The Duchess of Sussex will join her husband at the Invictus Games which begin in the Netherlands this weekend, a spokesperson for the couple has confirmed.
The international competition will take place in The Hague from April 16 to 22 after being delayed by the pandemic.
Harry founded the games to aid the rehabilitation of injured or sick military personnel and veterans from across the globe, by giving them the challenge of competing in sporting events similar to the Paralympics.
The Invictus Games was where the couple chose to make their first public appearance together almost five years ago.
Meghan made her first appearance at an official engagement attended by Harry on September 24 2017 when she attended the Invictus Games opening ceremony in Toronto, Canada, although the pair sat about 18 seats apart.
The following day, the pair emerged hand in hand to make their first official public appearance together at the wheelchair tennis.
Earlier on Monday, Team UK competitors said they would like to see Meghan, and the couple’s children, two-year-old Archie and nine-month-old Lili, at the Games.
The children are not expected to be in attendance.
Daniel O’Connor, 31, from Hereford, is competing in archery and indoor rowing, and said Harry is “someone who cares a lot”.
Mr O’Connor, who suffers from chronic pain, said: “He has in his mind the things he wants to achieve in his life, the things he’d like to see change, and he tries to work towards them.
“And if everyone had that attitude you can imagine how different the world would be.”
Asked if he would like to see Meghan at the event, Mr O’Connor said: “I think everyone in the Games, all the competitors, are bringing friends and family, and I think if we have the right to bring friends and family then surely Prince Harry does.”
He said anyone who wants to support the Invictus Games is welcome with open arms, adding that Meghan has been to previous Invictus events.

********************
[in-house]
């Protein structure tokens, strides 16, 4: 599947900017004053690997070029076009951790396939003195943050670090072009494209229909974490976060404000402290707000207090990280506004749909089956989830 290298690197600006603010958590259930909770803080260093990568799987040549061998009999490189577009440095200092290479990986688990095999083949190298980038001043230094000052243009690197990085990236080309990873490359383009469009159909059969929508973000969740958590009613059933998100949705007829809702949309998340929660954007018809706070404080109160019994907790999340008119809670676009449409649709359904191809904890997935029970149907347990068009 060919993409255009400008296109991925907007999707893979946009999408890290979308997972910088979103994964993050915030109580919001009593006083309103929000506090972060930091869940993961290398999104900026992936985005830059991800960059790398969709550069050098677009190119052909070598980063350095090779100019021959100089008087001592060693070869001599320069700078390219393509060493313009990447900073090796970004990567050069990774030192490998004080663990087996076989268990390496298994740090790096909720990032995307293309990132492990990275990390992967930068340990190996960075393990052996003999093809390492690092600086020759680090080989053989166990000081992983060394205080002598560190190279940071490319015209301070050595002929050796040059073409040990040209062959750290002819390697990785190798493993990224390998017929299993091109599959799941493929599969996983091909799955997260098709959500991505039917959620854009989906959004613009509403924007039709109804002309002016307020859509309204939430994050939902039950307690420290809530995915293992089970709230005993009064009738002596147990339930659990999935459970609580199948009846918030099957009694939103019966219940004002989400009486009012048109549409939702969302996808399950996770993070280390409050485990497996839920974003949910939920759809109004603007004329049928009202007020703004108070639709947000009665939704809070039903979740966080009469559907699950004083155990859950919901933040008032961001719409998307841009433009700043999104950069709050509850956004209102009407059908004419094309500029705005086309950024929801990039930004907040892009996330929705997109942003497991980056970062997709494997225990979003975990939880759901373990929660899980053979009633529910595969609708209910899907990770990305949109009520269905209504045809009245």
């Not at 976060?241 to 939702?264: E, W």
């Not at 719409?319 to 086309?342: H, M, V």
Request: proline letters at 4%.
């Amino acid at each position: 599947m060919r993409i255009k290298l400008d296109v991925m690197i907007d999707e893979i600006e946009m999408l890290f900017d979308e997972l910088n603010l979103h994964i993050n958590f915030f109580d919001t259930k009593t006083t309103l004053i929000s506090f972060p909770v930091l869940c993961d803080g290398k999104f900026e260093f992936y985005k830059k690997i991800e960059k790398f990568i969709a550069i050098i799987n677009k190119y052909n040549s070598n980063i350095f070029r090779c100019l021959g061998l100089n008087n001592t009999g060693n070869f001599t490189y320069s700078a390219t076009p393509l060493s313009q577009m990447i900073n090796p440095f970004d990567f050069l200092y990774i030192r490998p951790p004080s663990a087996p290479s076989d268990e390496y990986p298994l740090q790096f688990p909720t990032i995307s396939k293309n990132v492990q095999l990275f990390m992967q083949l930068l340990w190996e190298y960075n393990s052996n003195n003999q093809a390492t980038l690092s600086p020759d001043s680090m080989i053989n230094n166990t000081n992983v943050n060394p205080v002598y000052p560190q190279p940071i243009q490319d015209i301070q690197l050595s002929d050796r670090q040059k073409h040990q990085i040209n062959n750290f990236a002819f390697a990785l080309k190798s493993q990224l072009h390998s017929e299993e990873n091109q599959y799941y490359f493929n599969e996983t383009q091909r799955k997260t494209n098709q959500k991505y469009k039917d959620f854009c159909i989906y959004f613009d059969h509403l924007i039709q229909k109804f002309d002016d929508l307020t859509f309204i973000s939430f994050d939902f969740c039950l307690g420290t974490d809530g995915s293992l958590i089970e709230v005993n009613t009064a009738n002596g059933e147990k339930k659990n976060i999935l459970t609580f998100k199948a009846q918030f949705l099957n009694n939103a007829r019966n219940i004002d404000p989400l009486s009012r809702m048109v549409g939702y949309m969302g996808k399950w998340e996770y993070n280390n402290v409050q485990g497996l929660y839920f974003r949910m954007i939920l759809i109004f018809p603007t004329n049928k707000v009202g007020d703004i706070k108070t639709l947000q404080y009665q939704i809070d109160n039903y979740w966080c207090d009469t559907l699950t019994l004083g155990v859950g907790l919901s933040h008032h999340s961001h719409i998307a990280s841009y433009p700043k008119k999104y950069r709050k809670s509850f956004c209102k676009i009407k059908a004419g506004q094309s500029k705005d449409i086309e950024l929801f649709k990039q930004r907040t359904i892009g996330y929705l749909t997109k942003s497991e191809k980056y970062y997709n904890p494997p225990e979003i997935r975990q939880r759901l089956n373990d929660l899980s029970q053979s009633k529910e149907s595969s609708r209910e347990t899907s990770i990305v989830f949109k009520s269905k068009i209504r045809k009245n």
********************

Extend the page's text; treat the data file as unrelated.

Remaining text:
“So she has shown a continued support of the Games.
“I think she’s doing a great job,” he said, adding: “I would love to see her at the Games.
“If she is, great, and I hope they bring the kids as well so they’ve got the whole family there.”
Lucy Holt, 29, from Lincoln, said it would be “a nice surprise” if the family turned up.
Ms Holt, who is competing in powerlifting, indoor rowing, wheelchair basketball and athletics, said Harry’s family are very supportive of the Invictus Games.
“I think it’s a great way to kind of highlight to his family what he has achieved and what he is still achieving,” she said.
Ms Holt said the Games are great for children to see as they showcase what can be achieved with disabilities.
Jason Finlay, 50, who lives in Amesbury, said he found Harry “very relaxing” to talk to on the couple of times they met.
Mr Finlay, who is competing in sitting volleyball and athletics, said: “It was great to meet him, to be honest.
“You can see the military ethos that he has through his military service.”
He said it would be nice to meet Meghan, adding she would be a good ambassador for Invictus.
Harry and Meghan, who live in the US, did not attend the memorial service for the Duke of Edinburgh in London last month.
Harry is bringing a claim against the Home Office after being told he would no longer be given the same degree of personal protective security when visiting from the US, despite offering to pay for it himself.
The duke wants to bring his children to visit from the US, but he and his family are “unable to return to his home” because it is too dangerous, his legal representative has said.
Team UK will compete in nine sports at the Invictus Games: athletics, archery, wheelchair basketball, cycling, powerlifting, indoor rowing, wheelchair rugby, swimming and sitting volleyball.
Harry played an instrumental role in bringing the Games to the UK in 2014 when 300 competitors from 13 countries took part in the inaugural competition in London.
A trip to the Warrior Games in Colorado a year earlier had been the inspiration, as Harry saw first hand how sport helped inspire recovery and support rehabilitation of wounded troops.